Dr. Patterson, and two investigators from the Strategies to Innovate EmeRgENcy Care Clinical Trials Network (SIREN) (Dr. Robert Silbergleit, Department of Emergency Medicine, University of Michigan Medical School, and Dr. Neal Dickert, Division of Cardiology, Emory University) reported their findings about Exception from Informed Consent (EFIC) studies as part of an NIH response to a query from a member of Congress. Dr. Patterson noted that EFIC studies are intended to address major gaps in knowledge in how to administer emergency care. She explained that EFIC studies are restricted to settings where time constraints and the condition of the patient preclude obtaining informed consent for a medical trial and where subjects have life-threatening conditions. EFIC trials have helped improve the care of patients in critical condition. Dr. Patterson welcomed Council suggestions as these findings are shared with a broader research community.

Dr. Silbergleit explained that the work organized through the SIREN network was intended to contribute to NIH’s stewardship of emergency medicine research conducted under EFIC or in prehospital settings. Input was sought from stakeholder focus groups, as well as semi-structured telephone interviews, followed by a thematic analysis of the information gathered. More than half of the stakeholders were paramedics. Ultimately, agreement emerged in the themes:

  • Paramedics would like to have more input in trial design
  • Stakeholders agreed on the importance of engaging nonmedical leaders in striving to improve patient care
  • Generational culture differences were observed, with rising professional standards among younger paramedics
  • In-person training was considered important for paramedics

The investigators also undertook a robust review of policies, practices, and training related to EFIC studies, with the goal of delivering a thorough review and model operating procedures for NIH-sponsored multicenter clinical trials that use EFIC for emergency research.

Dr. Dickert noted that EFIC regulations are the only federal regulations that require formal community engagement, with community consultation (CC) required before studies are approved, and public disclosure (PD) required before studies are conducted and after they are finished. Heterogeneous practices have emerged for both CC and PD, but both CC and PD remain unfamiliar to many investigators and Institutional Review Boards (IRBs).

Much of the literature has focused on feedback from the general public through surveys. A number of surveys have asked if people who participate in CC would accept being enrolled in the discussed study. For public disclosure, a variety of methods were used: traditionally, print media, and more recently, internet-based approaches. Institution-based notifications such as flyers in hospitals were also common. Awareness among the public has tended to be low. Dr. Dickert said that it is difficult to know the right metrics for public disclosure beyond making a good-faith effort.

The group identified a consensus in the literature that community consultation should be a two-way process. It is common for researchers to use a combination of methods. Areas of debate are whether to aim for depth versus breadth of feedback, whether to focus on those with a connection to the condition as opposed to representing the geographic community, and how best to assess community acceptance.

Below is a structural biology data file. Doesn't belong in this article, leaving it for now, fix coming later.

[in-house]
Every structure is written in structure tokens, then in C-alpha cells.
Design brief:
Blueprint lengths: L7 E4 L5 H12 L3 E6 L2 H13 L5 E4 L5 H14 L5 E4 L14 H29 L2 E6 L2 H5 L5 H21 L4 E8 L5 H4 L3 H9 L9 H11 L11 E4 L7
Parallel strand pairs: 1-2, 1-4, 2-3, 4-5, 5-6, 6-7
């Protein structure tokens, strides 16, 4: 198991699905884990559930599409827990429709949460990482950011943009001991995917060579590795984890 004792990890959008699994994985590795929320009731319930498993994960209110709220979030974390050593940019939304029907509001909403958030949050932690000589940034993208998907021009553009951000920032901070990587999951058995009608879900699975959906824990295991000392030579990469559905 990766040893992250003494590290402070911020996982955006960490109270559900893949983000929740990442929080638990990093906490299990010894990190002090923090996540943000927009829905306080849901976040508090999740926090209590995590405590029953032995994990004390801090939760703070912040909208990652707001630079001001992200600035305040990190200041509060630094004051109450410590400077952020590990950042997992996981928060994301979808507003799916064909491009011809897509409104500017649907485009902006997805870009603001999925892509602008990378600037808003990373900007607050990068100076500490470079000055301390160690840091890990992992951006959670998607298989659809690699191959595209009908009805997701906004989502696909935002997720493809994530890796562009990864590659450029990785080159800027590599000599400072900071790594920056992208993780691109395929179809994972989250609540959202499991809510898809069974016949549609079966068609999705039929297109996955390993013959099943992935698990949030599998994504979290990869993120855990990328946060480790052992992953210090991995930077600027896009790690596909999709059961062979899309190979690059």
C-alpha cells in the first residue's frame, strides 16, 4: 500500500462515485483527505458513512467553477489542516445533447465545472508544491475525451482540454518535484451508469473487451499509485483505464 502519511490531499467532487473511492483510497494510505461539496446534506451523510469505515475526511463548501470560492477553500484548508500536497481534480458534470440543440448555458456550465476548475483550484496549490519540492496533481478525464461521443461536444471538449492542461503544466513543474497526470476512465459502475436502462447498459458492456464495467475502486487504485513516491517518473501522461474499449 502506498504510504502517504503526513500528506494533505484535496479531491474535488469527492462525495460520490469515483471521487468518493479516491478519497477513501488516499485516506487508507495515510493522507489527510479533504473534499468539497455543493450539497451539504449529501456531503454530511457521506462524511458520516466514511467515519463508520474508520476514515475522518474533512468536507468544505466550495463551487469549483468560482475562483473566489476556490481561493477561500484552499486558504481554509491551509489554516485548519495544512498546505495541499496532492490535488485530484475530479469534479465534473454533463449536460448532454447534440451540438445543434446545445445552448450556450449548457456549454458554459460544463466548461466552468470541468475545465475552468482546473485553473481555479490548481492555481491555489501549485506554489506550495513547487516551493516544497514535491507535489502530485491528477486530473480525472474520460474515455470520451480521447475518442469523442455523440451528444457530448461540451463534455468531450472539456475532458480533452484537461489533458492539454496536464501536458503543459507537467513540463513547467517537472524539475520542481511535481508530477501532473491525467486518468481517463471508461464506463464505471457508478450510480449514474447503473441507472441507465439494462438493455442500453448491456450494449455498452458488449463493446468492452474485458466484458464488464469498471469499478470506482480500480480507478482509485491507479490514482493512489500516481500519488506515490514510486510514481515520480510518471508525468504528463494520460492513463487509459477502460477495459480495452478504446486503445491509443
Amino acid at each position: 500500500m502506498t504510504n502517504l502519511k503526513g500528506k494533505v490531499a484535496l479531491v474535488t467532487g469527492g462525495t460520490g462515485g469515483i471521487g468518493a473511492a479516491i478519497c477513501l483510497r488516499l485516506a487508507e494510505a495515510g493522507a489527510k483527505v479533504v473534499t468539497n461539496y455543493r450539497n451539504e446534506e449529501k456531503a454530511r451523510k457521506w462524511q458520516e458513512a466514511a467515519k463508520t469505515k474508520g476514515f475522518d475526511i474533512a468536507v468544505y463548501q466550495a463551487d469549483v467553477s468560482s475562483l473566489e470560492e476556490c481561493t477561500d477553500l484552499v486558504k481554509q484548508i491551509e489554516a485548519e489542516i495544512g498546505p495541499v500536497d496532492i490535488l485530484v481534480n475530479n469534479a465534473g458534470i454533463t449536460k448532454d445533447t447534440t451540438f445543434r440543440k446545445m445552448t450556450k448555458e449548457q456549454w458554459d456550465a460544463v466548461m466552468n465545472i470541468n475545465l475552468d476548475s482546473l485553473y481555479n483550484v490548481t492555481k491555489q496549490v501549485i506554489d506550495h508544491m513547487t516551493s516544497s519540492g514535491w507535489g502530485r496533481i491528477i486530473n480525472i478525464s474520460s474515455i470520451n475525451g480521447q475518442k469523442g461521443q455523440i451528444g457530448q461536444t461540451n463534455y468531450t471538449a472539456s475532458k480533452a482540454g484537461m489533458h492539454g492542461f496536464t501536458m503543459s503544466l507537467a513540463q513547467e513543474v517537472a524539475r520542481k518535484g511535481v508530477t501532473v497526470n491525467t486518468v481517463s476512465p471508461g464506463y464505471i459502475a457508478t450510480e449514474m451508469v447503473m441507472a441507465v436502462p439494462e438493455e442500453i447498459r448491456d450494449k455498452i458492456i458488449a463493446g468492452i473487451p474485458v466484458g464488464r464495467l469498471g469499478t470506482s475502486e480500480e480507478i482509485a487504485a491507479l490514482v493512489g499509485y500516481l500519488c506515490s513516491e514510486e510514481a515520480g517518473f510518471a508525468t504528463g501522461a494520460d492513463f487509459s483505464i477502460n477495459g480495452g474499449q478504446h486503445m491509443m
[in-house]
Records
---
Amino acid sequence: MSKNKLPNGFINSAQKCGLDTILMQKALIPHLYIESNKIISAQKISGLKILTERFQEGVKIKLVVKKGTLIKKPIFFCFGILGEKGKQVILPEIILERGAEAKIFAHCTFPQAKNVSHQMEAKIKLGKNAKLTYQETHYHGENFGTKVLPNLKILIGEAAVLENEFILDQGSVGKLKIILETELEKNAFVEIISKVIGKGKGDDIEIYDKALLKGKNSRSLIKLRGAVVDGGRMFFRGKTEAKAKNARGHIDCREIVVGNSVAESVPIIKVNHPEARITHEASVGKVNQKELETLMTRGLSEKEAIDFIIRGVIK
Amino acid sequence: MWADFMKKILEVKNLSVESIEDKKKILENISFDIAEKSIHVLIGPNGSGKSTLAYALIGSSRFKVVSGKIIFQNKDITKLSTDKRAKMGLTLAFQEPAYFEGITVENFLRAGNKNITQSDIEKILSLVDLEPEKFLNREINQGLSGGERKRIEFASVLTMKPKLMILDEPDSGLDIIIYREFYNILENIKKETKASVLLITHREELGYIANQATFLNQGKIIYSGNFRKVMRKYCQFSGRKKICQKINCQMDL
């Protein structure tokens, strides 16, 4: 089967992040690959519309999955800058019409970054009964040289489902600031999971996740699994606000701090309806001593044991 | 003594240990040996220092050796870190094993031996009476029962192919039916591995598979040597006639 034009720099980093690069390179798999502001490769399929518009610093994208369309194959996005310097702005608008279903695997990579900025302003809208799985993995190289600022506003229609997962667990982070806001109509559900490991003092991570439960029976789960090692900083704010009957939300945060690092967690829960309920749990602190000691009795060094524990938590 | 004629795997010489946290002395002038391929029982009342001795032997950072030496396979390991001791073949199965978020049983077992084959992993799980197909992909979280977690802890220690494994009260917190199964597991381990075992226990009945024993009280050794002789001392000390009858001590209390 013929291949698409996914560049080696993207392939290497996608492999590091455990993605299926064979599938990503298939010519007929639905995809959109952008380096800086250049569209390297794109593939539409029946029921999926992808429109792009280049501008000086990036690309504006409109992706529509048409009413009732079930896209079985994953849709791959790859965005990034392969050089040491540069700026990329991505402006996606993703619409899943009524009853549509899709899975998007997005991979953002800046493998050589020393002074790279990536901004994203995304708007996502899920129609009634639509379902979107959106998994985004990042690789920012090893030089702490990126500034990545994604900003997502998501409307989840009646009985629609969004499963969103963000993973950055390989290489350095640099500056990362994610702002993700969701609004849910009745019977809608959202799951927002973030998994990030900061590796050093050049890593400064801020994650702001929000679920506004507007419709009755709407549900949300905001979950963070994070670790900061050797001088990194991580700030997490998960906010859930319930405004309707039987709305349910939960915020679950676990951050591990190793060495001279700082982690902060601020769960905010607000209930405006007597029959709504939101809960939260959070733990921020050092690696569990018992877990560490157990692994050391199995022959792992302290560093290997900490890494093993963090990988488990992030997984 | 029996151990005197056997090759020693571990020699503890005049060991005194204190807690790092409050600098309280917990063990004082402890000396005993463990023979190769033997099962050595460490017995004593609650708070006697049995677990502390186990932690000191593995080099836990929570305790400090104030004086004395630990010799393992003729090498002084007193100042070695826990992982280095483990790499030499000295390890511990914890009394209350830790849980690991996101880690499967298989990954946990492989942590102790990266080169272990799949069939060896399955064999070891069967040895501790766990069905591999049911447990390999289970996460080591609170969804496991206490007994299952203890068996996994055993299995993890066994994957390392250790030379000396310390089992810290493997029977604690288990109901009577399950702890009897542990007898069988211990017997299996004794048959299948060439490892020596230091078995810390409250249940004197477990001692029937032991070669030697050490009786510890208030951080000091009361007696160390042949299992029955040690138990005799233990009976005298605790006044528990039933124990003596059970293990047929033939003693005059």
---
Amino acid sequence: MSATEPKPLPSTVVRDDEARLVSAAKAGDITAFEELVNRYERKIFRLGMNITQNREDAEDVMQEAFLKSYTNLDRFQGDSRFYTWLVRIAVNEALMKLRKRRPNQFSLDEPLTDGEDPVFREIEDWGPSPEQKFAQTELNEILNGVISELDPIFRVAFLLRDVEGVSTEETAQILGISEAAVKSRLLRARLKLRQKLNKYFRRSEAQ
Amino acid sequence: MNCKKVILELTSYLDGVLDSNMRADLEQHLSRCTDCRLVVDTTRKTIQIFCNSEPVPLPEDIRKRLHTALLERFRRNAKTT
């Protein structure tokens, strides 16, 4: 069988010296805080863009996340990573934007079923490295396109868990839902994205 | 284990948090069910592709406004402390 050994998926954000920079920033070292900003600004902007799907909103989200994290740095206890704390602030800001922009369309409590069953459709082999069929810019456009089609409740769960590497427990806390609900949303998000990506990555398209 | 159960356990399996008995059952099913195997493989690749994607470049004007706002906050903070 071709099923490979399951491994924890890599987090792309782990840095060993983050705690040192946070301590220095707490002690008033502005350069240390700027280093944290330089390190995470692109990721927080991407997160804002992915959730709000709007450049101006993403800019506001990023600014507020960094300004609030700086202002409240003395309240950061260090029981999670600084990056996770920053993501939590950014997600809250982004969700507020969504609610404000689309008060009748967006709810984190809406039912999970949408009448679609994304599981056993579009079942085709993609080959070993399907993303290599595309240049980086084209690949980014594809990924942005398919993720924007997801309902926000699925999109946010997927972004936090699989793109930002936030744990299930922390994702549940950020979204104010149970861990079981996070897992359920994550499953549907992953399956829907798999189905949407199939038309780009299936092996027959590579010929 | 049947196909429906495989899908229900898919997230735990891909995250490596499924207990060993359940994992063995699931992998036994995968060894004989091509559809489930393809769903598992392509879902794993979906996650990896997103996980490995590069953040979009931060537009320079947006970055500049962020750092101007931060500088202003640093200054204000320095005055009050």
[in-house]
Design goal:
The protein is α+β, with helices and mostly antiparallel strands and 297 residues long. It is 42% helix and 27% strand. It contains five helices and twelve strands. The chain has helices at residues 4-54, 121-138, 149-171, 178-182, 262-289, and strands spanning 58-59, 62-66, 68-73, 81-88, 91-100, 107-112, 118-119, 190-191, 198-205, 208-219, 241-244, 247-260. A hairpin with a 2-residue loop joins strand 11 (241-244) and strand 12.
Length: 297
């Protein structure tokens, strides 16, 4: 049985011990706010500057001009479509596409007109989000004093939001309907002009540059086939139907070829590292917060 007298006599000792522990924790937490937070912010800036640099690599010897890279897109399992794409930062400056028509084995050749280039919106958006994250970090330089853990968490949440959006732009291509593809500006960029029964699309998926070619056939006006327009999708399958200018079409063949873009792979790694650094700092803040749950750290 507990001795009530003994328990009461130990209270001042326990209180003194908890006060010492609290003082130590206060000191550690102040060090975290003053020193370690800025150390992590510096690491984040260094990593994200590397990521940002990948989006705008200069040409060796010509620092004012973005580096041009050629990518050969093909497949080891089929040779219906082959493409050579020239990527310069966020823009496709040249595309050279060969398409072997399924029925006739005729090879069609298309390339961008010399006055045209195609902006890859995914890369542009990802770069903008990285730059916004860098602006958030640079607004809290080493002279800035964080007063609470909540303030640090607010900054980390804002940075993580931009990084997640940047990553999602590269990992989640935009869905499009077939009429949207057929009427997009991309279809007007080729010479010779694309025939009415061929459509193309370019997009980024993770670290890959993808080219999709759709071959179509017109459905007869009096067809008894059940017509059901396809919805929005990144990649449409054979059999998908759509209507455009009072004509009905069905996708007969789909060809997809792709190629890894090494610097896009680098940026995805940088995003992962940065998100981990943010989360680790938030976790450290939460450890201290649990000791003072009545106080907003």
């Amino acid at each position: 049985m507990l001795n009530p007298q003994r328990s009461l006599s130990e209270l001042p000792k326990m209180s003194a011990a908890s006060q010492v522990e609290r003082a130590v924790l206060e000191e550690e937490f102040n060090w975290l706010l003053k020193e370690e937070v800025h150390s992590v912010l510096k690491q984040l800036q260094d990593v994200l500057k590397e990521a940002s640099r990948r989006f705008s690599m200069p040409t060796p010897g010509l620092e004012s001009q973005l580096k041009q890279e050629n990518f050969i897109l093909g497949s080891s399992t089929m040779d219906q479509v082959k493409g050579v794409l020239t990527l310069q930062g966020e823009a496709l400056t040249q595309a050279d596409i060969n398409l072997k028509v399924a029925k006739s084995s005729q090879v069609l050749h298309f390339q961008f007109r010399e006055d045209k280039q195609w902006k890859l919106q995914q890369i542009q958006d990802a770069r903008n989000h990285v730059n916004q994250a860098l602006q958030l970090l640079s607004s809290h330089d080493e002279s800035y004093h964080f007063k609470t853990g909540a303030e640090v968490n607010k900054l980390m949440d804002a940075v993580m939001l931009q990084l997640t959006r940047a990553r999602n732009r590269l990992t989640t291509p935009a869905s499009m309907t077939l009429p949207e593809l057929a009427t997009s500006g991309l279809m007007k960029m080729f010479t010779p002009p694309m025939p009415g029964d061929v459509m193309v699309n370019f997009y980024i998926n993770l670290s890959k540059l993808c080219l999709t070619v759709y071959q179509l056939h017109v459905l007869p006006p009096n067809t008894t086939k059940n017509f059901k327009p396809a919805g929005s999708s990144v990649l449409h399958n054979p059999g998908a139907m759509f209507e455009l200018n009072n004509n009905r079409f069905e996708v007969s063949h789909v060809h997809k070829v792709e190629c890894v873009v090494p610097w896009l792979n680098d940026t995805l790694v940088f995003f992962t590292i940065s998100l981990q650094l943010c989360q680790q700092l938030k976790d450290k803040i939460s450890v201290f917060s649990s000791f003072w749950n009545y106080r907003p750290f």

For public disclosure, the literature showed consensus around needing a good-faith effort, but no ideal benchmarks were proposed on what a good-faith effort is. There is less focus in the literature on PD than on CC. Open questions include:

  • the proper role of social media in the PD process,
  • the importance of broad surveys versus targeting people with a stake in the condition,
  • the role of central IRBs.

A manuscript about this work is currently under review, and a draft was circulated to the Council. Dr. Silbergleit pointed out that every trial has to be tailored to its particular context. The manuscript he and his colleagues developed is intended to be a useful tool and serve as peer-to-peer guidance rather than as regulatory guidance or a policy requirement of NIH.

Dr. Silbergleit ended the presentation by discussing the insights obtained in a workshop involving family members of patients with cardiac arrest or severe neurotrauma.

  • Family members were involved after recovered patients noted that they had little insight to share about their experiences since they were often comatose. Four workshop cochairs decided to invite a small enough group to allow everyone to share their experiences while representing a diversity of experience. In the workshop, 58 themes emerged across five domains: information needs, communication needs, emotional needs, sociocultural needs, and physical needs.
    • As an information need, family members said they often were not sure whether they did not know what was happening with their family member because the information was not known or they were not told. For communication, family members would like clear, consistent, compassionate communication and appreciated when information was repeated since they were often overwhelmed. Many family members wanted to be able to communicate via text or social media.
    • Families expected to be respected no matter their sociocultural differences, and language-interpretation services when needed. Physical needs included wanting space to be close to the patient and care teams, as well as having basic needs met, such as access to toothbrushes and razors. Many family members wished to be able to touch the patient in critical care but refrained from doing so because of the tubing and equipment surrounding the patient and the fear of disturbing the apparatus or breaking rules. Cases where a provider encouraged family members to touch a patient can be very meaningful.

Dr. Silbergleit closed with the suggestion that perhaps there are ways to break the bubble of physical isolation around patients.


Dr. Moen asked the Council to consider and confirm the delegated authorities for the Institute for 2021. No questions were raised, and delegated authorities were approved.


Dr. Moen adjourned the meeting at 5:10 p.m.